How many books have you read and are able to recall the title after five, ten or more years? For me, Steven Covey’s Principle Centered Leadership is one of those books. Steven Covey tells us that unlike values, subjective and internal, principles represent true north.
When recently challenged with the challenge of creating a compensation plan for a surgical group, a MedMan administrator first focused the conversation on principles.
For all the reasons you know, it is with increasing frequency that we are seeing tension around physician compensation. Principle centered compensation programs can help take the bad taste out of crucial conversations around a shrinking pie. When someone feels like the compensation is unfair (often driven by the amount of their paycheck) the conversation can focus on the principle that is creating the unpleasantness, rather than the money itself.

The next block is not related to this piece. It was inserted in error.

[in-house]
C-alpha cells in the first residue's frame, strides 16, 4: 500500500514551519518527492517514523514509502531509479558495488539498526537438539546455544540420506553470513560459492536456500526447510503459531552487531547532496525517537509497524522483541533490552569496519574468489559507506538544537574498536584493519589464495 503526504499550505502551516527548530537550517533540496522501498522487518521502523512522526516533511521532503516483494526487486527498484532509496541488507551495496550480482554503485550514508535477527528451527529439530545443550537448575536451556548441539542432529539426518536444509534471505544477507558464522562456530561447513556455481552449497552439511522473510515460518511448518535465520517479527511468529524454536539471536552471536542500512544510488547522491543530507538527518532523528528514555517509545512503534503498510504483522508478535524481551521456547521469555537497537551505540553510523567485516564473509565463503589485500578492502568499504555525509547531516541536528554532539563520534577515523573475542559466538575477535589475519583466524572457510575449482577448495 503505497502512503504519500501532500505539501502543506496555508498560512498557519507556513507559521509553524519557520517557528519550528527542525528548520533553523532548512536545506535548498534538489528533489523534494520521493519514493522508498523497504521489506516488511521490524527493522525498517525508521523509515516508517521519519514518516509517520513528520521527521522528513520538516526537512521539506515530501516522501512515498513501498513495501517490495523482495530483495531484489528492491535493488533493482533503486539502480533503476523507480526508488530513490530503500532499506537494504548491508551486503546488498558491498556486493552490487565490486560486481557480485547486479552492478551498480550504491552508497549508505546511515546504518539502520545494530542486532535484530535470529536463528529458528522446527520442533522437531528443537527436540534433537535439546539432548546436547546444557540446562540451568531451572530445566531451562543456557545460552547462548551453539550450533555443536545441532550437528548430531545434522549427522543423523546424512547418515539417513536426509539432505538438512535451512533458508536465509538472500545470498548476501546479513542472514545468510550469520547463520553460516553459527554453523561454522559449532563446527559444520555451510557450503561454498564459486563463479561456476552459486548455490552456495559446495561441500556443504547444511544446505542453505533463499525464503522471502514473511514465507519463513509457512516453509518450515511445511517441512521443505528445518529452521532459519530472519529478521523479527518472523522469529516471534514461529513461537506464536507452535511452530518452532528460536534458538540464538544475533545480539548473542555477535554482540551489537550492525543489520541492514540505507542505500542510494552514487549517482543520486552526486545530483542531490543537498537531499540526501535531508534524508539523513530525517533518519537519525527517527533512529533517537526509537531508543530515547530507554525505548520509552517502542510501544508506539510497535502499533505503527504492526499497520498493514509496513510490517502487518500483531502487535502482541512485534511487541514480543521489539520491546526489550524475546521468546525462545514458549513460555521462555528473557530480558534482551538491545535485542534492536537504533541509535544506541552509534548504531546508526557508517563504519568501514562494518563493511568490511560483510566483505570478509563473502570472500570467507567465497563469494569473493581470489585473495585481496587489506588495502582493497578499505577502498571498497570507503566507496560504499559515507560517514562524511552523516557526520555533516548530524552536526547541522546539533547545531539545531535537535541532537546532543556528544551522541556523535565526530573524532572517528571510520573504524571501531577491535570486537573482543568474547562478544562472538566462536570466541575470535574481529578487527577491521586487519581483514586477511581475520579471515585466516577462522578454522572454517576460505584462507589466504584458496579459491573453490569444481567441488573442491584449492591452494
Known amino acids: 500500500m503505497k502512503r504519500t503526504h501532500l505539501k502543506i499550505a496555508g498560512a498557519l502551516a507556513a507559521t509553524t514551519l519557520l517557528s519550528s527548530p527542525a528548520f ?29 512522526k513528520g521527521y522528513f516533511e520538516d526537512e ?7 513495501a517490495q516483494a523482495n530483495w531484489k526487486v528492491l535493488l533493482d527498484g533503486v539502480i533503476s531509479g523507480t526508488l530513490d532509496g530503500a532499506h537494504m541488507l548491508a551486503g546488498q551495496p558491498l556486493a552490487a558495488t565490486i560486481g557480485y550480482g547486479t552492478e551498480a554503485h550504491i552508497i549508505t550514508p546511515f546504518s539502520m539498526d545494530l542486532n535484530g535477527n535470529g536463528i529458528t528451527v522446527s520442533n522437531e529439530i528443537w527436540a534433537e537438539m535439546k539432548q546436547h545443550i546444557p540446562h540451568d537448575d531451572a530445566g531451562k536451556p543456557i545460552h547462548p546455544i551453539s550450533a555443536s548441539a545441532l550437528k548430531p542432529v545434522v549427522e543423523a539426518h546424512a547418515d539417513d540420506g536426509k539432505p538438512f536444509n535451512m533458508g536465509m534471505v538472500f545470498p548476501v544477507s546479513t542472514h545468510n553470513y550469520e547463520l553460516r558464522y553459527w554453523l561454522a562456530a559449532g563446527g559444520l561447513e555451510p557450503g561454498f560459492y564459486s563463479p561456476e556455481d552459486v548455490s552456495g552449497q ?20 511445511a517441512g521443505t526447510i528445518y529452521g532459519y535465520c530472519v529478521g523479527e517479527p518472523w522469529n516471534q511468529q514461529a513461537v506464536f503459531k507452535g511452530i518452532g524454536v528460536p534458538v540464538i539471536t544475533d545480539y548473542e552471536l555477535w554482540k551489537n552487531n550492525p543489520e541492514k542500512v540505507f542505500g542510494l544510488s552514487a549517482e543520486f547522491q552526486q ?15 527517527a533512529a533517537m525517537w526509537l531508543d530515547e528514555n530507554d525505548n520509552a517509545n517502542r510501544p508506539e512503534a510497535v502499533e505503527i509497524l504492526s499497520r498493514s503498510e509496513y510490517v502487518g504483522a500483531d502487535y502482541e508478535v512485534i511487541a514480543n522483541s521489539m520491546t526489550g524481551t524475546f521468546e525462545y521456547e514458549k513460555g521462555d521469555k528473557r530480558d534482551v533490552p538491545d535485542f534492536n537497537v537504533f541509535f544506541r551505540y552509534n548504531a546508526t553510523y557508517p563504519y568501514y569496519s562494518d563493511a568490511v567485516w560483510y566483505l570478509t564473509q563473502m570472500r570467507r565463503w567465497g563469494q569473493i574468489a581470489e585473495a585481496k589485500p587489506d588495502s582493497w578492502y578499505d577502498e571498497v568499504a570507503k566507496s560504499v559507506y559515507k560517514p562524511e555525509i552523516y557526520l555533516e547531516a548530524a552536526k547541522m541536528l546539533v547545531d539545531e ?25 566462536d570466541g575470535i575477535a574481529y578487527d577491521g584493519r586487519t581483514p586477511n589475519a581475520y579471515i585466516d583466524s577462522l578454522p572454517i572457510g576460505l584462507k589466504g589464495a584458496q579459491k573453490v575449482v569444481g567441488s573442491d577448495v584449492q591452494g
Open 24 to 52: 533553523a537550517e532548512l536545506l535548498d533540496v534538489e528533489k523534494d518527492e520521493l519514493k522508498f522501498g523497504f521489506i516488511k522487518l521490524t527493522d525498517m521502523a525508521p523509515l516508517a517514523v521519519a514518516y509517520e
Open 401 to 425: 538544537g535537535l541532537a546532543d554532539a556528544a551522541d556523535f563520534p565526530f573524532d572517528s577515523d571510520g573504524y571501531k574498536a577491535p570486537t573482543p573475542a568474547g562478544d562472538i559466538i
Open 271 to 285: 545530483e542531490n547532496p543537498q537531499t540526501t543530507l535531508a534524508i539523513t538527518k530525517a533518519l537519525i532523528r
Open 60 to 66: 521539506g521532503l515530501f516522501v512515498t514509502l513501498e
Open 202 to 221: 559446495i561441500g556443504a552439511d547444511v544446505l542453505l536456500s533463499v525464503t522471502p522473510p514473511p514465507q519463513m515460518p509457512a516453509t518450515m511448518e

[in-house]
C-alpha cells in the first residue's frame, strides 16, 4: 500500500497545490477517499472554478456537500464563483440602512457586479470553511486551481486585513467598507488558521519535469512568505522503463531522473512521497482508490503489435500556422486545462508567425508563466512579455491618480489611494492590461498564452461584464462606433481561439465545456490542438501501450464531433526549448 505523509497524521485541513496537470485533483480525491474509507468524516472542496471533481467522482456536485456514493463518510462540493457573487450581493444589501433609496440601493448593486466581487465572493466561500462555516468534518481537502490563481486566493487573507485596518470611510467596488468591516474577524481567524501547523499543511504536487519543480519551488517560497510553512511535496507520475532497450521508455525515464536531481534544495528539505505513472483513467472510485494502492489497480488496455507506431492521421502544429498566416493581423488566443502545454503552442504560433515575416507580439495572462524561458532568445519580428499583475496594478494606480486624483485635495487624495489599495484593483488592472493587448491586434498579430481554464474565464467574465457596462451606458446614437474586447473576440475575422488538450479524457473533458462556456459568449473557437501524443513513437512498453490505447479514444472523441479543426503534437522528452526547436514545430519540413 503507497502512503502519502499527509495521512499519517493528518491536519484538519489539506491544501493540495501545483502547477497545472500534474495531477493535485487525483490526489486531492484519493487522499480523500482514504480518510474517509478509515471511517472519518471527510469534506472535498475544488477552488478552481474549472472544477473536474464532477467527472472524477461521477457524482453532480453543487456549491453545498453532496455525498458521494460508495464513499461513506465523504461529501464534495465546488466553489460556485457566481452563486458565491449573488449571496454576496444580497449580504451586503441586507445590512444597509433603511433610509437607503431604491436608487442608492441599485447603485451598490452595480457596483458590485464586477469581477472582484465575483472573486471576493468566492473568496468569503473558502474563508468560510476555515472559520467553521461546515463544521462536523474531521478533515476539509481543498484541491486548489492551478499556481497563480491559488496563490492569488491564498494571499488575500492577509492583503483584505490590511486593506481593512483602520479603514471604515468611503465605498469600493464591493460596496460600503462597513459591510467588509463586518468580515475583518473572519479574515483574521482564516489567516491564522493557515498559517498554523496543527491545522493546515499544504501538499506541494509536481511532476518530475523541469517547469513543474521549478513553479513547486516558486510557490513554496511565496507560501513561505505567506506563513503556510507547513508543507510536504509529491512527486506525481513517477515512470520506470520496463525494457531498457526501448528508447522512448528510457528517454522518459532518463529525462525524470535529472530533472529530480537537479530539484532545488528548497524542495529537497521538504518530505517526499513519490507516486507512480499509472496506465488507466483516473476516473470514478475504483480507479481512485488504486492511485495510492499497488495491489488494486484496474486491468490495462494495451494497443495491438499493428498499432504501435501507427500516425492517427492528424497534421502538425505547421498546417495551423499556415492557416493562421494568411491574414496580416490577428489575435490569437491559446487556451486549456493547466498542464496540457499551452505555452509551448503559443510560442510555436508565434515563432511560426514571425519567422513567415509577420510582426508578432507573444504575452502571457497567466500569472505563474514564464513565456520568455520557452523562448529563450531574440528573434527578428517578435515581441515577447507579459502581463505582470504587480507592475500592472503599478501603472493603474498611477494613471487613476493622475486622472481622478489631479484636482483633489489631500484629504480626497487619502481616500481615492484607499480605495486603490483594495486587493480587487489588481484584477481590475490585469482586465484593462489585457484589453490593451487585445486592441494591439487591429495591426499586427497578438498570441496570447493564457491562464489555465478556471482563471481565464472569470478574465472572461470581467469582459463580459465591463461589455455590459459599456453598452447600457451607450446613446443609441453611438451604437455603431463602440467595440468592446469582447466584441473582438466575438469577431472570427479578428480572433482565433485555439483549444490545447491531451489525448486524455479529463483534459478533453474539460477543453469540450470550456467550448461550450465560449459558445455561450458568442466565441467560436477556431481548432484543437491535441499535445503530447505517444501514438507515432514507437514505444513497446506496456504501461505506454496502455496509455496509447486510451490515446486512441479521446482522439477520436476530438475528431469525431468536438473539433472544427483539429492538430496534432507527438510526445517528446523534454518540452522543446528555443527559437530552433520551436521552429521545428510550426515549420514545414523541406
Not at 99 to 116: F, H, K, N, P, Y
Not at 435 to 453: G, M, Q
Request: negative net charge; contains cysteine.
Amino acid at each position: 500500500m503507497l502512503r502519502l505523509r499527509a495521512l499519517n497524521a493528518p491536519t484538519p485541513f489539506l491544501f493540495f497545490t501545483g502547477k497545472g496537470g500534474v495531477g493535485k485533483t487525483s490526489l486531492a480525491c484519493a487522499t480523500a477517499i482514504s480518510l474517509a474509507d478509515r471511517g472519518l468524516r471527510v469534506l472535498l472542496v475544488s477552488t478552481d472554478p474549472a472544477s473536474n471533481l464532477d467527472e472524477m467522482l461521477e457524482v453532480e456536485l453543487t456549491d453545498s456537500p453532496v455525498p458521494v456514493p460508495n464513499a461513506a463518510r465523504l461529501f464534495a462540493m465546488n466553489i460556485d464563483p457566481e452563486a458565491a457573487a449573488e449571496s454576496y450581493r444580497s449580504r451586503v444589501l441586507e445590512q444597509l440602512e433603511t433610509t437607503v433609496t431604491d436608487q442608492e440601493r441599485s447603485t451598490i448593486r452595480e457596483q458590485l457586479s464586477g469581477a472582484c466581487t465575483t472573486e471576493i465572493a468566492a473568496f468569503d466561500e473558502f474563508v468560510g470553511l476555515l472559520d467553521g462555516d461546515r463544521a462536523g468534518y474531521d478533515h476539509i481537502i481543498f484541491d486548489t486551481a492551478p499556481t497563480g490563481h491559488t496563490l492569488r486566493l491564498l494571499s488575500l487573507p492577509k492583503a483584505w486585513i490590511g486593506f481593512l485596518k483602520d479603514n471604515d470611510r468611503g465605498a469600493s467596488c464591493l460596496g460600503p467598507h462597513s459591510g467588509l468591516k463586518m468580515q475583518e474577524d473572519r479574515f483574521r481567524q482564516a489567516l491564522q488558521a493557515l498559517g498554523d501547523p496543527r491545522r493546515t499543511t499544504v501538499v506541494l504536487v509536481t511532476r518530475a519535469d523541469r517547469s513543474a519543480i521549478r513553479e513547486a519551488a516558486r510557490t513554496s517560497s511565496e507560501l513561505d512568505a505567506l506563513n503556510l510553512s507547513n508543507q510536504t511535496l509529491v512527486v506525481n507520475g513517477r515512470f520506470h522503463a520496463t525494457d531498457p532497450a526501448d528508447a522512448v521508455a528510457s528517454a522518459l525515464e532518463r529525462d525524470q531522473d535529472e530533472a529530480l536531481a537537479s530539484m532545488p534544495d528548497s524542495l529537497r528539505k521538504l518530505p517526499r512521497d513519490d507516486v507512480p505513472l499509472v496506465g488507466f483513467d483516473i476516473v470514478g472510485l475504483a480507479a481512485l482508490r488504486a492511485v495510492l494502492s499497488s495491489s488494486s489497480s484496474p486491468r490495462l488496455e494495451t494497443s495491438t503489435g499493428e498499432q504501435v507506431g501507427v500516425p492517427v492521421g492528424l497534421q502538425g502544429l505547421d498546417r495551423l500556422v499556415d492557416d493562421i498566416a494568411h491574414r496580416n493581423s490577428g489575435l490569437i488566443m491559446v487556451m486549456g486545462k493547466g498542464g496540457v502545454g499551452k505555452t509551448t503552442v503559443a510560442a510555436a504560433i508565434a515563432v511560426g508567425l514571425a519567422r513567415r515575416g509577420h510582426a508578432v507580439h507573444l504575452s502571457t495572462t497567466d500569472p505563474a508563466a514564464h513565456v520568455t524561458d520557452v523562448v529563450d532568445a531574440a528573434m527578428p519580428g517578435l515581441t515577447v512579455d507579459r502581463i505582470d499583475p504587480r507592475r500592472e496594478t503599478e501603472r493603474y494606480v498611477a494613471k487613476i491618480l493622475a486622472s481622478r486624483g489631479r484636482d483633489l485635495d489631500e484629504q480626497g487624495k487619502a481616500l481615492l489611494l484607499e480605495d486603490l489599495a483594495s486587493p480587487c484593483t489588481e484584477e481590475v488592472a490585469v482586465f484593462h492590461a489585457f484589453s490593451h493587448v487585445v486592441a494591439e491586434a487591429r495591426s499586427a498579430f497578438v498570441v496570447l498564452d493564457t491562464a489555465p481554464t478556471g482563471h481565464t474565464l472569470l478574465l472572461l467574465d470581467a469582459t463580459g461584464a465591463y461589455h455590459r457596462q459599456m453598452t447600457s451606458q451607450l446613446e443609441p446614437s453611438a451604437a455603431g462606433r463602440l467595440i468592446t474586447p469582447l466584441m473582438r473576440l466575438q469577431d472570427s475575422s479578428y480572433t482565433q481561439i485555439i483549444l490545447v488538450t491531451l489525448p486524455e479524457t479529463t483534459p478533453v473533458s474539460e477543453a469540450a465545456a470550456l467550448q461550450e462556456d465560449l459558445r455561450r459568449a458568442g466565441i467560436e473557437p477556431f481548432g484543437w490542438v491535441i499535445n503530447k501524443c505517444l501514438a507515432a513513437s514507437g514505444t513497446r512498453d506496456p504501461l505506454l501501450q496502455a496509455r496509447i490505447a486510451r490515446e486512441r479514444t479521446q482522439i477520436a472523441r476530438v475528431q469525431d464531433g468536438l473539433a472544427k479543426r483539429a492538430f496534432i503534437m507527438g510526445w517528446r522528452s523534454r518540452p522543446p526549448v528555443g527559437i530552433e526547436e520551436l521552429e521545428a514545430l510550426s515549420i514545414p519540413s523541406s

The conversation focuses first on the principles that shape a sustainable model for income distribution. An example of a principle would be that doctors should be paid without regard to payer mix – or said differently, the patient’s insurance should be blind to the doctor so they do not feel the pressure to compete with each other for the higher paying patients.
An income distribution plan, or compensation model, is the result of these principle centered discussions. While financial forecasts are necessary to determine an impact of the model, a key to success is building the forecast, as the second step in the process, on assumptions stemming from previously defined principles.
At a time when we are focused on doing things right – efficiency and quality – it is important not to forget, as Covey reminds us, to do the right thing.